Remember that Gmail and Blogspot are owned by Google. We mentioned this issue before. CRG/IU (Control Risks and the Investigative Unit it collaborates with) gained access to Google’s Gmail material in the past in order to press/bolster an indictment (we are not sure how exactly) and Blogspot has a history of giving away IDs of users once pressured, e.g. by a court.
“Here’s a purely hypothetical question,” our reader added: “how would Google react should they get one day a phone call from the EPO Securitate requesting certain information, and hinting at unspecified consequences in case of non-cooperation?”
Microsoft too operates a translation service and it is already extremely close to the EPO (see links below). █
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Not your grandfather’s patent system and not your grandfather’s IBM…
Creating virtual wealth. Remember Bill Gates ranting about the patent system when he was younger and Microsoft was a lot smaller. Now he makes billions out of various patents, including Monsanto’s, and he pays virtually no tax.
Summary: Persistent lobbying and a surrender of fast-growing companies to the system which was deformed so as to offer protectionism to the super-rich take their toll and distort the very essence that motivated patent systems in the first place
ACCORDING TO this dubious new chart from IAM, it’s not IBM but Google that supposedly leads based on some patent criteria. This is not a cause for celebration but a cause for alarm as over half a decade ago Google was somewhat of a patents antagonist and I spoke to relatively high-level managers at Google about it. Basically, Google erroneously made the choice to waste time and effort on patenting rather than fight an unjust system that had increasingly ganged up against Google.
In some sense, Google has become greedy and sort of defected. It is now actively pursuing patents on software (including patents on driving — something for which I developed an Android app with help from someone who worked at Google) and no wonder Google does nothing against software patents anymore. That would be hypocritical.
Now, the usual defense (not just from Google) might be that Google never attacks using patents unless attacked first, but then again, that’s just what happens in companies when they’re on the way up (ascent). As things begin to turn sour/bitter, as is already the case at IBM, the non-technical managers are turning aggressive and even attacking with any software patents at their disposal. They see patent aggression as a sort of ‘insurance policy’ or a Plan B. Microsoft, as we noted in our previous post, only began doing this a decade ago (to present), around the same time of Windows Vista and the Novell deal.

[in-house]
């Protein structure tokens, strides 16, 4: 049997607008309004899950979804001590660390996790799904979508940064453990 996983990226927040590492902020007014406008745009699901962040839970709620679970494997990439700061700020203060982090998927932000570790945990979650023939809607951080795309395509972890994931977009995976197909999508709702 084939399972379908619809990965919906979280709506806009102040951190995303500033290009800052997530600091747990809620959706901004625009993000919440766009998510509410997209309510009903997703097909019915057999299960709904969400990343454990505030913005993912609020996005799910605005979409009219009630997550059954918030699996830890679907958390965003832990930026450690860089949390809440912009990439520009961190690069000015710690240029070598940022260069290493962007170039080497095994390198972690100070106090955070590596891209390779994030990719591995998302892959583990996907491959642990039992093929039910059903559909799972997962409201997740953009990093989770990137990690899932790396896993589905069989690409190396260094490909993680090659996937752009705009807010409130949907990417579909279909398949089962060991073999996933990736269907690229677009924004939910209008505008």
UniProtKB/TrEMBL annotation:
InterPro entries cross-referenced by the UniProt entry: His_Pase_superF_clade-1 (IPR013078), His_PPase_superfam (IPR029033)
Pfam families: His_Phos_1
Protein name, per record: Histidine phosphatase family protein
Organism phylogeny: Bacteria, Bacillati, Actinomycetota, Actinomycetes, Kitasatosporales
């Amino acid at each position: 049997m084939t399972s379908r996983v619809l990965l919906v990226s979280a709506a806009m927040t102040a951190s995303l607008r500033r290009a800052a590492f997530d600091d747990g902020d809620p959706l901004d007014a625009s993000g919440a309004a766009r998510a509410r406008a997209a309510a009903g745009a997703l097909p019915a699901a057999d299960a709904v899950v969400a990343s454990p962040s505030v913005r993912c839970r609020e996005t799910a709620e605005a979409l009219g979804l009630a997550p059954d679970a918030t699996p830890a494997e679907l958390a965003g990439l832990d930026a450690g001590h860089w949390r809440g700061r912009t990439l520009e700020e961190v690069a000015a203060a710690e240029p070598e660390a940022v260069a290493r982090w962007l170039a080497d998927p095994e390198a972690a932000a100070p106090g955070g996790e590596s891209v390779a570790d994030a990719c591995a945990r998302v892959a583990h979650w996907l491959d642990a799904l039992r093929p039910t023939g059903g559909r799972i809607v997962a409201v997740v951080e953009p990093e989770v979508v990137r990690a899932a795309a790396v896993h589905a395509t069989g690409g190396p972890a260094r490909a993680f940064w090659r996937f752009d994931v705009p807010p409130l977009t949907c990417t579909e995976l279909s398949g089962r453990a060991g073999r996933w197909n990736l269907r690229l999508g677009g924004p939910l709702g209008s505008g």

“If Google starts to nosedive (no company lasts forever, not even with government subsidies) sooner than the expiry (lifetime) of these patents, then there’s potential of selling/auctioning patents to patent trolls or attacking directly, as infamously IBM does.”Manny Schecter, who is in charge of patents at IBM, does not hide the company’s real intentions, lobbying for software patents, and even the lobbyists (people like David Kappos, who came from IBM). He’s quite reckless from a marketing point of view. “We should neither deny that the patent system promotes innovation overall and that abuse of it should be properly curbed,” he wrote the other day at Twitter. What about the patent abuse by IBM (Schecter’s department), which uses software patents against small companies? What does that tell us about OIN?
The FFII’s President responded to Schecter with “”promotes innovation” should be replaced by “promotes litigation”. Innovation cannot exist without any quantification.” As I put it across to both, the patent system was created to incentivise dissemination (publication), not to provide a litigation sledgehammer for billionaires to whack inventors.
Sadly, Google is now part of this whole ‘patent cartel’, as one might be tempted to call it. Google is not aggressive (at least not yet), but time will tell what happens with these patents. If Google starts to nosedive (no company lasts forever, not even with government subsidies) sooner than the expiry (lifetime) of these patents, then there’s potential of selling/auctioning patents to patent trolls or attacking directly, as infamously IBM does. █
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Reputation laundering with sound bites like the ‘new Microsoft’
Summary: A look at the reality behind today’s Microsoft and what proponents of Microsoft (often connected to the company) want us to believe
THE aggressive company which is widely hated/loathed (and deserves this hatred, which is well earned based on its actions) just can’t help doing evil. Those who try hard to convince themselves that Microsoft has changed must not have noticed that the management is virtually the same and the company continues to operate like a death squad, attempting to prematurely destroy anything which resembles potent competition, based on suspicion alone.